Nagesh Waghmare (56), a Class IV employee of the civic-run Yeshwantrao Chavan Memorial (YCM) Hospital, recently performed the last rites of a deceased person though he had no ties with the man, who had succumbed to Covid-19. Relatives of the patient had refused to get involved in his last rites.
Waghmare said he was on the first shift in the hospital when he was told to take the body of a Covid-19 patient to the crematorium located on Pimpri-Chinchwad Link Road.
The patient had died the previous day and his body was kept at the mortuary on YCM Hospital compound.
Usually, four YCM employees have the task of carrying bodies to the crematorium. But on that day, three deaths had already taken place at the hospital, so the ward boys appointed for this job were busy.
“First, I faced the problem of carrying the body to the ambulance… I approached the relatives, but they got busy on their phones and moved away. Then I had to convince the ward boys to help me take the body to the crematorium. Somebody then helped me put the body on the stretcher and carry it till the ambulance,” said Waghmare.
Two ward boys sat next to the driver while Waghmare sat next to the body. “I had to ensure that the body didn’t move when the ambulance came across potholes or speed-breakers,” he said. “… I had to take care of the body, as no relative was ready to step inside the ambulance. After all, he was a human being…. I tried to call the relatives, but they acted as if they did not hear me,” he added.
Two relatives of the deceased, on a two-wheeler, followed the ambulance to the gates of the crematorium.
When it was time to pull the stretcher out of the ambulance and carry it till the crematorium for the final rites, the driver and ward boys were hesitant to help. Waghmare said when he pleaded with the relatives to step forward, they simply walked away.
The crematorium is located about 150 metres from the gate. “… To move the body, we needed at least six people. Only three of us had PPE… the driver didn’t have it… we somehow managed to lift the stretcher and carry it till the electric crematorium…,” said Waghmare.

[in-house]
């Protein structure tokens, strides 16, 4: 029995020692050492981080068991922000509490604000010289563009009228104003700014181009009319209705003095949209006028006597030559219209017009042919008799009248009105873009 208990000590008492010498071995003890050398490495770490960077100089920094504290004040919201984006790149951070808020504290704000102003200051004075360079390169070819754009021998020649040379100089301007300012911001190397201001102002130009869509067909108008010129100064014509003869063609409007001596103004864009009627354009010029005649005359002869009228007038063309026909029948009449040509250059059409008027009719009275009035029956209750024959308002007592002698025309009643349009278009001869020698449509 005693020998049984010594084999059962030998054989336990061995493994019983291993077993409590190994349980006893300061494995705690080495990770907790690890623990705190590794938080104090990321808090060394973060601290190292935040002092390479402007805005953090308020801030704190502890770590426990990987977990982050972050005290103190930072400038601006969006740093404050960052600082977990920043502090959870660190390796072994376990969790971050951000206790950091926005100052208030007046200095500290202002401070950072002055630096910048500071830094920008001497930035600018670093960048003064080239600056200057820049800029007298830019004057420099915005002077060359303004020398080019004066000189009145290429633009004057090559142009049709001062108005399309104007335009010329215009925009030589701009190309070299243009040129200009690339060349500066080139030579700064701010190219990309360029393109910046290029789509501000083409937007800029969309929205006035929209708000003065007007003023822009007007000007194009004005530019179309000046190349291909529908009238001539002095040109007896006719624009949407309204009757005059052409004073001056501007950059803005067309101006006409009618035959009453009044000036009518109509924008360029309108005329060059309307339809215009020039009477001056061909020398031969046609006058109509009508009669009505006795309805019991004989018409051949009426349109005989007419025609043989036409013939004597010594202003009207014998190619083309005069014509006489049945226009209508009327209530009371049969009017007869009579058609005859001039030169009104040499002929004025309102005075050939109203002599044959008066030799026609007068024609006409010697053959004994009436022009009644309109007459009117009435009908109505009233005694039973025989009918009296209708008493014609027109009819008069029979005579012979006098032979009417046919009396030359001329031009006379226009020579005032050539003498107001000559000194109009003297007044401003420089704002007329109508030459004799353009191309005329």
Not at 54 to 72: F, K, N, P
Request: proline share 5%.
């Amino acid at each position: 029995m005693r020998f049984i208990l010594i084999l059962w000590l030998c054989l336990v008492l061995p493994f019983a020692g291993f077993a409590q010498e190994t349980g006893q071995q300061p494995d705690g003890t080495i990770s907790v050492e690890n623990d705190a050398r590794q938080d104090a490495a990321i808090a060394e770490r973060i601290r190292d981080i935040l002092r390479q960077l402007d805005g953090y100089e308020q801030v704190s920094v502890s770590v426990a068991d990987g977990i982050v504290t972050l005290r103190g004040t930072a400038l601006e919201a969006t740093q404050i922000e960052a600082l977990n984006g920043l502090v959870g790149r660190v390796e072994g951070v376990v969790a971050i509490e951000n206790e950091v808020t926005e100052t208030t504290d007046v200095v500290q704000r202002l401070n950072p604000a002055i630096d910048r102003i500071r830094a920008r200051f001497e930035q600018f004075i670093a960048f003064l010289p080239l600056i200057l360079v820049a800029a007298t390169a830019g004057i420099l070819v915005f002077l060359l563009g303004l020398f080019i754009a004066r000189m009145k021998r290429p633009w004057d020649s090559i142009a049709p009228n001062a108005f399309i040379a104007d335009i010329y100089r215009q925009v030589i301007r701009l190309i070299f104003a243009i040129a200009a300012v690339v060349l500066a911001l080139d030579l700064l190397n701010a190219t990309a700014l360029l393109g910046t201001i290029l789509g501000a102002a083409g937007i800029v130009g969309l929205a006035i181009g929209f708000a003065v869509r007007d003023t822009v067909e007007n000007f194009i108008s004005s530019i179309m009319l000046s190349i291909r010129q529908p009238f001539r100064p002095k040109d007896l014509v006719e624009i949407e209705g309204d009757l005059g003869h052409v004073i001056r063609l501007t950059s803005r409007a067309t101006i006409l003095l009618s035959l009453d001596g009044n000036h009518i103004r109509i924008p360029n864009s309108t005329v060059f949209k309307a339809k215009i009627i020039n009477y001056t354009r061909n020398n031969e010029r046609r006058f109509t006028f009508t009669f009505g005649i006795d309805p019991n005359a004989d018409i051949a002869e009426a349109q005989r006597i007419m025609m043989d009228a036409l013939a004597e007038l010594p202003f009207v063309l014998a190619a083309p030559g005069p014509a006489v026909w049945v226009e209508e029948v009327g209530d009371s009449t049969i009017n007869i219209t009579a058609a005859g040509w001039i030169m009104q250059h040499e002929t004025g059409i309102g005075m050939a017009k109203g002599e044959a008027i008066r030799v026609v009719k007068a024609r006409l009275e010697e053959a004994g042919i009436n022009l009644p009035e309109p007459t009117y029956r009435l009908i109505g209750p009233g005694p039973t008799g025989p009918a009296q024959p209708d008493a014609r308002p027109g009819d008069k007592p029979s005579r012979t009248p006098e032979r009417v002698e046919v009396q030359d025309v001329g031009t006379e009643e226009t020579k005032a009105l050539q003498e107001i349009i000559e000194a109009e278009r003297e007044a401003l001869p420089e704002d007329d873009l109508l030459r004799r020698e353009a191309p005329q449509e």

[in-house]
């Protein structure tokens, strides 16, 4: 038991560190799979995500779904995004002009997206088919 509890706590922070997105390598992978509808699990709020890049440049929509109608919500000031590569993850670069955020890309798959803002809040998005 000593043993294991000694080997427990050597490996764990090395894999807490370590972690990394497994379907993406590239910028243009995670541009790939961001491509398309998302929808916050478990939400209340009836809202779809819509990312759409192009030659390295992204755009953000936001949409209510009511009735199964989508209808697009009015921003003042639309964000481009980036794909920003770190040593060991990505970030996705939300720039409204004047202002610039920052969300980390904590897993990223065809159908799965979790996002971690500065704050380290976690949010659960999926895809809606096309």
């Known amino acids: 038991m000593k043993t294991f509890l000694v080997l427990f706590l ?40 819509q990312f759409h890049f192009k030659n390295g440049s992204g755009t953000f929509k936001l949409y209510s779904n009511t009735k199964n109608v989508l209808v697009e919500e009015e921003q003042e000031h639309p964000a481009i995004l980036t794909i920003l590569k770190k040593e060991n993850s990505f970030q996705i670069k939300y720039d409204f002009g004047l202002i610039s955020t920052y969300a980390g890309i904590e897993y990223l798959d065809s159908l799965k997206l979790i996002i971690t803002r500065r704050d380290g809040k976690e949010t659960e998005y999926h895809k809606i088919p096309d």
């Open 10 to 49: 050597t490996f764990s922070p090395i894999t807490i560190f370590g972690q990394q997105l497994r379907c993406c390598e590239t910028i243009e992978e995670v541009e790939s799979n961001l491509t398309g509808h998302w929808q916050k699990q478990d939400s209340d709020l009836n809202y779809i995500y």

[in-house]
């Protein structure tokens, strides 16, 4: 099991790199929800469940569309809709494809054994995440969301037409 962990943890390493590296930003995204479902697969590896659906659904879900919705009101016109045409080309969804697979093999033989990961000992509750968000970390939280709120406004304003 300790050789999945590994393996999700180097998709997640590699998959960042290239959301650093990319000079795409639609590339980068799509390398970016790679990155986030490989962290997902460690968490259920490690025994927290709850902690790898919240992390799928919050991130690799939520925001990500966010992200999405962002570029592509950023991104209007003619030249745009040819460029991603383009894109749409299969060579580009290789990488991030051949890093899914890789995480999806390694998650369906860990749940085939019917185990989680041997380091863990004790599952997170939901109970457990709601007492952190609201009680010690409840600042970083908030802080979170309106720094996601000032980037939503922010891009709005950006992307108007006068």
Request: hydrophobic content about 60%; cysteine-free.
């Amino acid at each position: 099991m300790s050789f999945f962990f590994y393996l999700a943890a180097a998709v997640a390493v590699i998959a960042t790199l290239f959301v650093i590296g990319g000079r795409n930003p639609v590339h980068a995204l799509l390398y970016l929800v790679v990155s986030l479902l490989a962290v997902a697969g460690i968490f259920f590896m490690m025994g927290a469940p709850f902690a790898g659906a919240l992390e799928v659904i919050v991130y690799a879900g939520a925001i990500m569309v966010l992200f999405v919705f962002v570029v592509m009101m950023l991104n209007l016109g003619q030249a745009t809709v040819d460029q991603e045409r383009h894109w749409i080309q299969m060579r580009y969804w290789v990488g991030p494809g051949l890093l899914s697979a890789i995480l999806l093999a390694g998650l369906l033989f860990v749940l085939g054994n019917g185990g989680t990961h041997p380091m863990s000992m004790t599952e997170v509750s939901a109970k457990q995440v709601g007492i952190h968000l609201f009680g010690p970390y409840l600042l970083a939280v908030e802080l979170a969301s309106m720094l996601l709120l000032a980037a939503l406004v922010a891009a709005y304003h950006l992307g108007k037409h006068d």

Since no close relatives were present, Waghmare had to perform the last rites. “The presence of relatives is very important …It is only after the relative says the body belongs to them that the cremation is performed. I had to perform the last rites and then handed over the body the crematorium worker…,” he said.
Waghmare said relatives of Covid-19 patients, who have died of the infection, are often scared of coming close to the bodies. “Forget about last rites, they don’t even want to come close to the bodies. They all stand at a distance and then disappear,” he said.
PCMC’s official photographer Devdutt Kashlikar, who was also at the spot, said, “It was a shocking sight. There were no relatives in the vicinity when the individual was to be cremated. And no one was there when the last rite was performed… I had no PPE gear, otherwise I would have helped.”
Dr Rajendra Wable, dean of YCM Hopsital and Medical College, said, “I have learnt about the incident…It is unbelievable. That particular day, we were also facing manpower shortage.” Dr Wable said fear about contracting the virus from the body was misplaced. “… The body is tightly packed in double-bag plastic. And after the cremation, the virus is completely destroyed as the body turns to ash,” he said.
PCMC Additional Municipal Commissioner Santosh Patil said,”People need not panic so much and become insensitive. We need to take care but should also remain humane and sensitive.”
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